CANADA FX DEBT-C$ rises as commodities, stocks climb

Mon Oct 5, 2009 4:49pm EDT
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 * C$ rises to finish at 93.45 U.S. cents
 * Move driven by higher commodities, stocks
 * Bond prices firm
 By Jennifer Kwan
 TORONTO, Oct 5 (Reuters) - Canada's dollar rose against the
U.S. dollar on Monday, lifted by higher commodity and equity
prices as investors hunted for higher-yielding, albeit riskier,
 The currency maintained the overnight lift it got from the
weekend Group of Seven meeting, which reaffirmed the market's
view that policymakers are comfortable with a gradually
weakening greenback.
 The G7 finance ministers and central bankers, who met in
Istanbul, also said too much foreign exchange volatility tends
to threaten economic stability. [FRX/] [ID:nL3421338]
 Analysts said the statements left the U.S. dollar open to
further weakness, opening the door for the Canadian dollar and
a number of currencies to rise against the greenback.
 As the North American session wore on rising commodity and
equity prices took hold as the dominant drivers of the Canadian
currency, said Matthew Strauss, senior currency strategist at
RBC Capital Markets.
 "One could've argued that movements during the Asia trading
and European trading more specifically had more to do with the
G7 statement," Strauss said.
 "The movement late this morning and this afternoon in North
America has more to do with the return of risk appetite."
 The Canadian unit finished at C$1.0701 to the U.S. dollar,
or 93.45 U.S. cents, up from C$1.0825 to the U.S. dollar, or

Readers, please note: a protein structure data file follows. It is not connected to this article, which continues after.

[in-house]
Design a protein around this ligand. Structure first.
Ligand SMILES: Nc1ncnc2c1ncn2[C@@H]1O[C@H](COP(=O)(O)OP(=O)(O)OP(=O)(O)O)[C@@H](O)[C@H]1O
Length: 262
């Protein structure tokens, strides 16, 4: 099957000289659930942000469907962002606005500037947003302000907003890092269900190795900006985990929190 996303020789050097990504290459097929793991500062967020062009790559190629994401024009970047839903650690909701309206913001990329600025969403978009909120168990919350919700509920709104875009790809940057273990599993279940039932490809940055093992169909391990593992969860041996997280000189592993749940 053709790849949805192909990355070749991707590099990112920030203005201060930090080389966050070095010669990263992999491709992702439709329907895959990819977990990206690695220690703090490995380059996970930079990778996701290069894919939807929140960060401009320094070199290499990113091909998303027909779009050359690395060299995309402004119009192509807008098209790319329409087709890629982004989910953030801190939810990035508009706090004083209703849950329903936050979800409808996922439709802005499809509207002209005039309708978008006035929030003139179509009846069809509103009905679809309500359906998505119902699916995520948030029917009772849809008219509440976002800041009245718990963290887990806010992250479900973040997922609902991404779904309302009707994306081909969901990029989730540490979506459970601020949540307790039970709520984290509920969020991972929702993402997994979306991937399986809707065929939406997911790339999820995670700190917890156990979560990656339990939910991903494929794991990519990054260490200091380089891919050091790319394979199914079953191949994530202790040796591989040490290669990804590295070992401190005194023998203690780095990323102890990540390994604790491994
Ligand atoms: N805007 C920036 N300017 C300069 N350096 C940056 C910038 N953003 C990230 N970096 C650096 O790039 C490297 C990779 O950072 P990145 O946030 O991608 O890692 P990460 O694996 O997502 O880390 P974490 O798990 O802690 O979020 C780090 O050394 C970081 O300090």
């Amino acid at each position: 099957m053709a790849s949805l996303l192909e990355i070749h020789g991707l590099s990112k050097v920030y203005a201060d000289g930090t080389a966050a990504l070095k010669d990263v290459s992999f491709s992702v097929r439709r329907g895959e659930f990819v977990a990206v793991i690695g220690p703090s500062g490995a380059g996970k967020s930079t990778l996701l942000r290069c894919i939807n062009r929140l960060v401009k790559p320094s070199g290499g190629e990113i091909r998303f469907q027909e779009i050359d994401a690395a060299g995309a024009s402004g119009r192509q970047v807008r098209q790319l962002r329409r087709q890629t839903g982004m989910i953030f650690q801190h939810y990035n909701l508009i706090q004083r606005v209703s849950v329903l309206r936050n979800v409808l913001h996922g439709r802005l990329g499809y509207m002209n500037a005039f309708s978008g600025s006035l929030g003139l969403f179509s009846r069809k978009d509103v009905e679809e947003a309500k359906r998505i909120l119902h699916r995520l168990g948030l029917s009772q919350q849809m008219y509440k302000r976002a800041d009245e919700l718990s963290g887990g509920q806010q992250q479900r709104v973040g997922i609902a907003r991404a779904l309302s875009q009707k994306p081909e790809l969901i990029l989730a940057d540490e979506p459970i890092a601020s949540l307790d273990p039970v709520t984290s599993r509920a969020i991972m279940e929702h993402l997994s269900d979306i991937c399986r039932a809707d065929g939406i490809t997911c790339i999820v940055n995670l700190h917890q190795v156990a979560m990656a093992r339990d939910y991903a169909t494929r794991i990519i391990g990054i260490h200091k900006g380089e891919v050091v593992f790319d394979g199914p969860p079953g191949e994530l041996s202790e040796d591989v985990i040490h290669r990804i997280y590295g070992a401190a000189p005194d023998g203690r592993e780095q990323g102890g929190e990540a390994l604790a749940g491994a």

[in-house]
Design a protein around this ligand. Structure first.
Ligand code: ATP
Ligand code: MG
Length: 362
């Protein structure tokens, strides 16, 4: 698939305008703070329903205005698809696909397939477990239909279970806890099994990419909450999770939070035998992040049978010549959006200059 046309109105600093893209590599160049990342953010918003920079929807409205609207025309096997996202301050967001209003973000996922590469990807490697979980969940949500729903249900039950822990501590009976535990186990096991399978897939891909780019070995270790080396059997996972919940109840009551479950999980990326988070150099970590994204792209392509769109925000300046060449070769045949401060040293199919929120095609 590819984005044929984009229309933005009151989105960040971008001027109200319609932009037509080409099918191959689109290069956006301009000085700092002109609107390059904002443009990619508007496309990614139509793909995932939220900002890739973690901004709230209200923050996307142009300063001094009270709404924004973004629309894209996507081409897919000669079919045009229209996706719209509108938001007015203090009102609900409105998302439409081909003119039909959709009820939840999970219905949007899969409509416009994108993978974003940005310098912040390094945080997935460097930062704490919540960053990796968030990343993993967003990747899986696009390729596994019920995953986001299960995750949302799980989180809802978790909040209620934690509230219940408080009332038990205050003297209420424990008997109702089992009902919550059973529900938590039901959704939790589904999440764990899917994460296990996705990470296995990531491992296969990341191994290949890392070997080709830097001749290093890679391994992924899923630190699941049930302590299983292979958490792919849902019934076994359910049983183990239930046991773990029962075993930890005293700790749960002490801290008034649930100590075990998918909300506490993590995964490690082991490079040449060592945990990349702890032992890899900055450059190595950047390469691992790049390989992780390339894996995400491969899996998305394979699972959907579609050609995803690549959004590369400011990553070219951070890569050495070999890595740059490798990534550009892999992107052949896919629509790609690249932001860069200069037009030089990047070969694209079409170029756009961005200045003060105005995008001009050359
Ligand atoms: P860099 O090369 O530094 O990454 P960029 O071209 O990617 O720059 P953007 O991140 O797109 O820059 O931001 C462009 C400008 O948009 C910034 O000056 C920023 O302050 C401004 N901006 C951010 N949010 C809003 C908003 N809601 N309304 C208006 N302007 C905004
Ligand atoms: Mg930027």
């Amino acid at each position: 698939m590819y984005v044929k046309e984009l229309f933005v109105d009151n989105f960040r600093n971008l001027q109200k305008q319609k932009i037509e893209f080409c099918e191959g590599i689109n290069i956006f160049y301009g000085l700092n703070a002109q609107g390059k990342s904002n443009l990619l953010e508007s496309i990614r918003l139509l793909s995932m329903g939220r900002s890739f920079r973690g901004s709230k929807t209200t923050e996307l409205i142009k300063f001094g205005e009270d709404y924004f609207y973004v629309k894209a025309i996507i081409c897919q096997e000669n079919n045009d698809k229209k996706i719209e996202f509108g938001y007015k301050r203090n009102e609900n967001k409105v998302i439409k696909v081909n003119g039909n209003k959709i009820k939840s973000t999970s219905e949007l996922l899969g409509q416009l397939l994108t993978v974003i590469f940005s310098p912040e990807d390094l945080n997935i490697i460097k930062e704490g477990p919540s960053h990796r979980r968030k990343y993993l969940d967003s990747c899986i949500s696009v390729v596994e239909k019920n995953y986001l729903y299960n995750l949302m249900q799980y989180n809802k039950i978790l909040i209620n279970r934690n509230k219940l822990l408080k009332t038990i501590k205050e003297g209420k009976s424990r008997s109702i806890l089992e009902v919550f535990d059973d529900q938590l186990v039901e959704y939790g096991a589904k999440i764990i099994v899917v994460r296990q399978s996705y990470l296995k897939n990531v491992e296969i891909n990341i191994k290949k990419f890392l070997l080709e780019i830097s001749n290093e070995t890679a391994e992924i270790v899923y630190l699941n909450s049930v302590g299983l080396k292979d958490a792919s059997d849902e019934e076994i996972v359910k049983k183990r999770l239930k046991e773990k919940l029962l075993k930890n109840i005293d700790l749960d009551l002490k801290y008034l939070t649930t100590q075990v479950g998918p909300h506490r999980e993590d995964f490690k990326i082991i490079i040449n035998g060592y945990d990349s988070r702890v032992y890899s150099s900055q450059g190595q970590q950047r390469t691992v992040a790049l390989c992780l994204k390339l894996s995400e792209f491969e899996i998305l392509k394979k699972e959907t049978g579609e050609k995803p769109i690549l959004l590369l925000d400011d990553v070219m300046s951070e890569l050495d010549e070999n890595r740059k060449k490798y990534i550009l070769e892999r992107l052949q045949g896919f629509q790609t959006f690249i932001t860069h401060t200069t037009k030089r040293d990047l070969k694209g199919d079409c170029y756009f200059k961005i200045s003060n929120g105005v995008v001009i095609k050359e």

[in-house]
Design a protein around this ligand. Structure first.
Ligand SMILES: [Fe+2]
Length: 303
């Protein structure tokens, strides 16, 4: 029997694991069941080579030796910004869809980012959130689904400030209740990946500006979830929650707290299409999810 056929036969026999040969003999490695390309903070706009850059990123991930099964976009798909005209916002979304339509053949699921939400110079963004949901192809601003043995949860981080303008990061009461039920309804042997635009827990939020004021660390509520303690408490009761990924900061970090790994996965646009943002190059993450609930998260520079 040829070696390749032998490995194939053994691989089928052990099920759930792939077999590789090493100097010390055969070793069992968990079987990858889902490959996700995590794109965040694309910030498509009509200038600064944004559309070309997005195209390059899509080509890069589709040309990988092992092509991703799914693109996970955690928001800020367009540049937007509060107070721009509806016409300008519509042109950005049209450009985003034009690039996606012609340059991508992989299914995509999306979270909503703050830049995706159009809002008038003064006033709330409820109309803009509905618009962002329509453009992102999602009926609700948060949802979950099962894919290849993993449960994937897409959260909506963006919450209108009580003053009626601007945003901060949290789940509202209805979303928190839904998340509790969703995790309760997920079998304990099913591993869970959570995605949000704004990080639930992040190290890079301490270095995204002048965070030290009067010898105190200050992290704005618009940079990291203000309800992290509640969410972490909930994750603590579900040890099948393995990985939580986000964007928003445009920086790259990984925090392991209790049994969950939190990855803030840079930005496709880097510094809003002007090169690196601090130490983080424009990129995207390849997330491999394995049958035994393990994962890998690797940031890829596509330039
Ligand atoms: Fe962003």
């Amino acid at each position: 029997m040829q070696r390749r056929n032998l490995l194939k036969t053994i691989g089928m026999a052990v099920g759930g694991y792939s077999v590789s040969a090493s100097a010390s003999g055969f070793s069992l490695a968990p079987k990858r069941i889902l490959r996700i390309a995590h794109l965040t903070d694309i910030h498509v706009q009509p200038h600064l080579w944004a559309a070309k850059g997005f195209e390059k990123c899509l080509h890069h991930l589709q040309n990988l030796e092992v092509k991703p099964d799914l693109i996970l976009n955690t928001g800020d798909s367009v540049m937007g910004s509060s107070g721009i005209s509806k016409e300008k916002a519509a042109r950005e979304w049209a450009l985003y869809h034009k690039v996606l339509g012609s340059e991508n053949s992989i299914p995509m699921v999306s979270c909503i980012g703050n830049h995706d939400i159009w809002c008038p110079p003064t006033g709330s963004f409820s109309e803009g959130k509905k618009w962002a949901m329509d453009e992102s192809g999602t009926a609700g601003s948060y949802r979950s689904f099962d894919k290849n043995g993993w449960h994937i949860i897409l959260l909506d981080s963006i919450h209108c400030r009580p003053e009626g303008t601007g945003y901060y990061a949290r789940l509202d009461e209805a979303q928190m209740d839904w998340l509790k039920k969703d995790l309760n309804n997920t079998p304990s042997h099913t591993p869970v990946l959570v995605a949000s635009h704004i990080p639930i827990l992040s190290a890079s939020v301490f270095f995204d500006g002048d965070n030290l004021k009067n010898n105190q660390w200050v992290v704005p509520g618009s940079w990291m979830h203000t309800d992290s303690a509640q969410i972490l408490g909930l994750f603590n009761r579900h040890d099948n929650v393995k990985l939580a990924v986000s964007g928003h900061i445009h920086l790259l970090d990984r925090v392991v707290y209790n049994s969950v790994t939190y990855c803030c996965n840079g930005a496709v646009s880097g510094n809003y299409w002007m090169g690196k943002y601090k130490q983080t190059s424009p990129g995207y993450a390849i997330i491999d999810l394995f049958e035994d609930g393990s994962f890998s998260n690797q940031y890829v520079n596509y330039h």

92.38 U.S. cents, at Friday's close.
 North American stock markets finished higher as commodities
rose. Stocks also got a lift after a broker issued a bullish
call on big banks and as U.S. data showed the services sector
expanded for the first time since August 2008. [.N] [.TO]
 Oil prices climbed above $70 a barrel on the U.S. economic
data [O/R]. Canada is a key exporter of oil and its currency is
often influenced by prices for the commodity.
 The Canadian dollar's performance will likely continue to
be driven by events outside of Canada until later in the week
when domestic housing starts data is released on Thursday. The
key report for the week, however, is Friday's release of
September jobs data.
 Canadian bond prices were a touch firmer across the curve,
as the trend toward higher-risk assets may have caused
investors to shift money out of U.S. Treasuries and into
Canadian government bonds and currency, said Michael Gregory,
senior economist at BMO Capital Markets.
 The two-year CA2YT=RR Canada bond was up 3 Canadian cents
at C$99.67 to yield 1.179 percent, while the 10-year bond
CA10YT=RR rose 15 Canadian cents to C$104.15 to yield 3.245
 The 30-year bond CA30YT=RR was up 35 Canadian cents at
C$120.25 to yield 3.804 percent. In the United States, the
30-year Treasury yielded 4.0141 percent.
 Canadian bonds mostly outperformed U.S. Treasuries across
the curve.
 (Editing by Peter Galloway)